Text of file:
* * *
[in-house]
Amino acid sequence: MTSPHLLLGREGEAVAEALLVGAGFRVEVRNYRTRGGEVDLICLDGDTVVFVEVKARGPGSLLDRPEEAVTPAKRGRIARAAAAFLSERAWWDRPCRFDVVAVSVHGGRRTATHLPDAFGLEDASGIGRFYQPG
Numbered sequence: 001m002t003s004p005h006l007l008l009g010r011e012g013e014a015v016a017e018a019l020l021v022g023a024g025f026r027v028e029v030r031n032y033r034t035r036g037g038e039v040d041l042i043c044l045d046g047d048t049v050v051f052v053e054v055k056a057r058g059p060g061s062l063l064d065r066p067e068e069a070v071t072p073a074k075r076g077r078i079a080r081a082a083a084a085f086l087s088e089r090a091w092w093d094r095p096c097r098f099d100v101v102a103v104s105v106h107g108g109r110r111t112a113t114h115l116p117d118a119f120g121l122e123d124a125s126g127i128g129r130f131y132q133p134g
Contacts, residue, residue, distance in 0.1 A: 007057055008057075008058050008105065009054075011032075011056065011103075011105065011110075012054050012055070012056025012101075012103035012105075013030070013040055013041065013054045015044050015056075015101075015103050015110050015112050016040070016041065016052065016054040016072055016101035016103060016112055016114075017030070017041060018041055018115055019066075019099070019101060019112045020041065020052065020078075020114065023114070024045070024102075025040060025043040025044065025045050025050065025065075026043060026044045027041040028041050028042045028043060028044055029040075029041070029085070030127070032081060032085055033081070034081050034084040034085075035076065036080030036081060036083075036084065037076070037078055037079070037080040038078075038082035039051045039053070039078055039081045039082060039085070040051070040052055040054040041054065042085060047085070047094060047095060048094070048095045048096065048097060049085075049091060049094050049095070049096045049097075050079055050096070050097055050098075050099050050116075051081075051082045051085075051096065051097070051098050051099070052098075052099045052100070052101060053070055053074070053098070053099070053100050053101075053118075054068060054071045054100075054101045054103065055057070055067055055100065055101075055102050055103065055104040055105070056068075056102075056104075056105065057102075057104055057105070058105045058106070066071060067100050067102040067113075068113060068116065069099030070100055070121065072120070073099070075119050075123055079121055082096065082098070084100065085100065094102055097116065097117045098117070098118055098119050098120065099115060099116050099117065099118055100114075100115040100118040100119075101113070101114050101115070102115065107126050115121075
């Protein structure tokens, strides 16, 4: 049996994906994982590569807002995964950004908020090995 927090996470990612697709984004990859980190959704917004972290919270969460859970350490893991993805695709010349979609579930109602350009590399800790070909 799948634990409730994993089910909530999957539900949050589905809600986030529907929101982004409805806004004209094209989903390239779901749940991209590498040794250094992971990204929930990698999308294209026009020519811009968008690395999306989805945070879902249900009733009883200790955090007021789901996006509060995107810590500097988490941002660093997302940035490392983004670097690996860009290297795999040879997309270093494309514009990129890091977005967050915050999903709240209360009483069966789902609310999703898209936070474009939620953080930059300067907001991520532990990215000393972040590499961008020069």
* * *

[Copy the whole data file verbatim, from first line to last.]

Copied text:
[in-house]
Amino acid sequence: MTSPHLLLGREGEAVAEALLVGAGFRVEVRNYRTRGGEVDLICLDGDTVVFVEVKARGPGSLLDRPEEAVTPAKRGRIARAAAAFLSERAWWDRPCRFDVVAVSVHGGRRTATHLPDAFGLEDASGIGRFYQPG
Numbered sequence: 001m002t003s004p005h006l007l008l009g010r011e012g013e014a015v016a017e018a019l020l021v022g023a024g025f026r027v028e029v030r031n032y033r034t035r036g037g038e039v040d041l042i043c044l045d046g047d048t049v050v051f052v053e054v055k056a057r058g059p060g061s062l063l064d065r066p067e068e069a070v071t072p073a074k075r076g077r078i079a080r081a082a083a084a085f086l087s088e089r090a091w092w093d094r095p096c097r098f099d100v101v102a103v104s105v106h107g108g109r110r111t112a113t114h115l116p117d118a119f120g121l122e123d124a125s126g127i128g129r130f131y132q133p134g
Contacts, residue, residue, distance in 0.1 A: 007057055008057075008058050008105065009054075011032075011056065011103075011105065011110075012054050012055070012056025012101075012103035012105075013030070013040055013041065013054045015044050015056075015101075015103050015110050015112050016040070016041065016052065016054040016072055016101035016103060016112055016114075017030070017041060018041055018115055019066075019099070019101060019112045020041065020052065020078075020114065023114070024045070024102075025040060025043040025044065025045050025050065025065075026043060026044045027041040028041050028042045028043060028044055029040075029041070029085070030127070032081060032085055033081070034081050034084040034085075035076065036080030036081060036083075036084065037076070037078055037079070037080040038078075038082035039051045039053070039078055039081045039082060039085070040051070040052055040054040041054065042085060047085070047094060047095060048094070048095045048096065048097060049085075049091060049094050049095070049096045049097075050079055050096070050097055050098075050099050050116075051081075051082045051085075051096065051097070051098050051099070052098075052099045052100070052101060053070055053074070053098070053099070053100050053101075053118075054068060054071045054100075054101045054103065055057070055067055055100065055101075055102050055103065055104040055105070056068075056102075056104075056105065057102075057104055057105070058105045058106070066071060067100050067102040067113075068113060068116065069099030070100055070121065072120070073099070075119050075123055079121055082096065082098070084100065085100065094102055097116065097117045098117070098118055098119050098120065099115060099116050099117065099118055100114075100115040100118040100119075101113070101114050101115070102115065107126050115121075
């Protein structure tokens, strides 16, 4: 049996994906994982590569807002995964950004908020090995 927090996470990612697709984004990859980190959704917004972290919270969460859970350490893991993805695709010349979609579930109602350009590399800790070909 799948634990409730994993089910909530999957539900949050589905809600986030529907929101982004409805806004004209094209989903390239779901749940991209590498040794250094992971990204929930990698999308294209026009020519811009968008690395999306989805945070879902249900009733009883200790955090007021789901996006509060995107810590500097988490941002660093997302940035490392983004670097690996860009290297795999040879997309270093494309514009990129890091977005967050915050999903709240209360009483069966789902609310999703898209936070474009939620953080930059300067907001991520532990990215000393972040590499961008020069």